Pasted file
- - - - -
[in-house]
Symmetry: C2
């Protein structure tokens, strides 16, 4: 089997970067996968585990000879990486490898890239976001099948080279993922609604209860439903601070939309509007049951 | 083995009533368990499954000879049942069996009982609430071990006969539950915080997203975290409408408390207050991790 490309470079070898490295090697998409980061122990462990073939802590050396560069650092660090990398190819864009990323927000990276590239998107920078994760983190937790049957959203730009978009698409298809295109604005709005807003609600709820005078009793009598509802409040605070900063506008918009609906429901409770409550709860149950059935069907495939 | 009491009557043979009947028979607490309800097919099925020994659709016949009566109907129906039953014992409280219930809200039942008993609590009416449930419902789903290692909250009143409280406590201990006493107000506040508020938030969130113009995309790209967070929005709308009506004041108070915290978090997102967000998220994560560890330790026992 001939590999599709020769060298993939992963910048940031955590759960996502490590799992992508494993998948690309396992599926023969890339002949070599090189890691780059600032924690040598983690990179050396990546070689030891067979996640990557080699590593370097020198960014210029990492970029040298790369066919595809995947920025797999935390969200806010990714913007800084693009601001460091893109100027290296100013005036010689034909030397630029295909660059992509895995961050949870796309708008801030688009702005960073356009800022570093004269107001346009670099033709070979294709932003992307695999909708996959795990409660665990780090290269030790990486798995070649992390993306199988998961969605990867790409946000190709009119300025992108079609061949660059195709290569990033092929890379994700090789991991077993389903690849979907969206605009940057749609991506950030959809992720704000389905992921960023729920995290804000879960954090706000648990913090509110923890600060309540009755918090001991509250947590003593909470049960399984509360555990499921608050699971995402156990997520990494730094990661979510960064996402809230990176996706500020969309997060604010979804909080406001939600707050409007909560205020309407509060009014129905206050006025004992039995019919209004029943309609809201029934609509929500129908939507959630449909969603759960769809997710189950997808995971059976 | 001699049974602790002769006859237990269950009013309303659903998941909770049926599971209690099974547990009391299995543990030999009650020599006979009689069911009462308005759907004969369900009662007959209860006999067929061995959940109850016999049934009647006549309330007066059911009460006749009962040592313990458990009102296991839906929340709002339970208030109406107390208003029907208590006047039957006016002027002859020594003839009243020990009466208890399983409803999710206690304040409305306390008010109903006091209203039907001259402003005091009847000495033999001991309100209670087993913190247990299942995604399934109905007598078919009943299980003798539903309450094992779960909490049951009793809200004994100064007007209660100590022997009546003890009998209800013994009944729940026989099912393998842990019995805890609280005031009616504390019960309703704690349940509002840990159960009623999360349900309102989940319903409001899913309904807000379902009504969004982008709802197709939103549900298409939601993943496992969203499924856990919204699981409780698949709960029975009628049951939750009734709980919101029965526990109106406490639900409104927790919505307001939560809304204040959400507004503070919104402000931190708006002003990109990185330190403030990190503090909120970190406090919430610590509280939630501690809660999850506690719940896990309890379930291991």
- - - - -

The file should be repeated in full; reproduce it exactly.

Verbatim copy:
[in-house]
Symmetry: C2
């Protein structure tokens, strides 16, 4: 089997970067996968585990000879990486490898890239976001099948080279993922609604209860439903601070939309509007049951 | 083995009533368990499954000879049942069996009982609430071990006969539950915080997203975290409408408390207050991790 490309470079070898490295090697998409980061122990462990073939802590050396560069650092660090990398190819864009990323927000990276590239998107920078994760983190937790049957959203730009978009698409298809295109604005709005807003609600709820005078009793009598509802409040605070900063506008918009609906429901409770409550709860149950059935069907495939 | 009491009557043979009947028979607490309800097919099925020994659709016949009566109907129906039953014992409280219930809200039942008993609590009416449930419902789903290692909250009143409280406590201990006493107000506040508020938030969130113009995309790209967070929005709308009506004041108070915290978090997102967000998220994560560890330790026992 001939590999599709020769060298993939992963910048940031955590759960996502490590799992992508494993998948690309396992599926023969890339002949070599090189890691780059600032924690040598983690990179050396990546070689030891067979996640990557080699590593370097020198960014210029990492970029040298790369066919595809995947920025797999935390969200806010990714913007800084693009601001460091893109100027290296100013005036010689034909030397630029295909660059992509895995961050949870796309708008801030688009702005960073356009800022570093004269107001346009670099033709070979294709932003992307695999909708996959795990409660665990780090290269030790990486798995070649992390993306199988998961969605990867790409946000190709009119300025992108079609061949660059195709290569990033092929890379994700090789991991077993389903690849979907969206605009940057749609991506950030959809992720704000389905992921960023729920995290804000879960954090706000648990913090509110923890600060309540009755918090001991509250947590003593909470049960399984509360555990499921608050699971995402156990997520990494730094990661979510960064996402809230990176996706500020969309997060604010979804909080406001939600707050409007909560205020309407509060009014129905206050006025004992039995019919209004029943309609809201029934609509929500129908939507959630449909969603759960769809997710189950997808995971059976 | 001699049974602790002769006859237990269950009013309303659903998941909770049926599971209690099974547990009391299995543990030999009650020599006979009689069911009462308005759907004969369900009662007959209860006999067929061995959940109850016999049934009647006549309330007066059911009460006749009962040592313990458990009102296991839906929340709002339970208030109406107390208003029907208590006047039957006016002027002859020594003839009243020990009466208890399983409803999710206690304040409305306390008010109903006091209203039907001259402003005091009847000495033999001991309100209670087993913190247990299942995604399934109905007598078919009943299980003798539903309450094992779960909490049951009793809200004994100064007007209660100590022997009546003890009998209800013994009944729940026989099912393998842990019995805890609280005031009616504390019960309703704690349940509002840990159960009623999360349900309102989940319903409001899913309904807000379902009504969004982008709802197709939103549900298409939601993943496992969203499924856990919204699981409780698949709960029975009628049951939750009734709980919101029965526990109106406490639900409104927790919505307001939560809304204040959400507004503070919104402000931190708006002003990109990185330190403030990190503090909120970190406090919430610590509280939630501690809660999850506690719940896990309890379930291991």